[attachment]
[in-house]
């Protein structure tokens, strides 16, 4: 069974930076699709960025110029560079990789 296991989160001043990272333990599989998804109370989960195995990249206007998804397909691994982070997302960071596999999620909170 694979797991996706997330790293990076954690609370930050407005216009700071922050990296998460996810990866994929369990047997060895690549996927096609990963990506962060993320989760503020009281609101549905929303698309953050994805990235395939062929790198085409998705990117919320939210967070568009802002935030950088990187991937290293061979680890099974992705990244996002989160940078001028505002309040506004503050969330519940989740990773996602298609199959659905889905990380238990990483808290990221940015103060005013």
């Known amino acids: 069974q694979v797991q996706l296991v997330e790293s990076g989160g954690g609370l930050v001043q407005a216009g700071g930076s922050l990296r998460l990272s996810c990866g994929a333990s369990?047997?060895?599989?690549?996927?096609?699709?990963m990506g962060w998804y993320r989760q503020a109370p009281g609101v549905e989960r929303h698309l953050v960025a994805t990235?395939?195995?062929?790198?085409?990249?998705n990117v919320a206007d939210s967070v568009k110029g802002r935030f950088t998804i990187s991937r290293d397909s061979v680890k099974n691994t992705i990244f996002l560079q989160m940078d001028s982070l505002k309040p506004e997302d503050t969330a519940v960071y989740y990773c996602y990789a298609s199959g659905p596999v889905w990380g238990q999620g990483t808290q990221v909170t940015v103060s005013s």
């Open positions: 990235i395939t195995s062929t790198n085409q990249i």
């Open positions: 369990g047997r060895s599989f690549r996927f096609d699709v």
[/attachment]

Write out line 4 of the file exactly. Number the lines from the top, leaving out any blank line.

């Open positions: 990235i395939t195995s062929t790198n085409q990249i």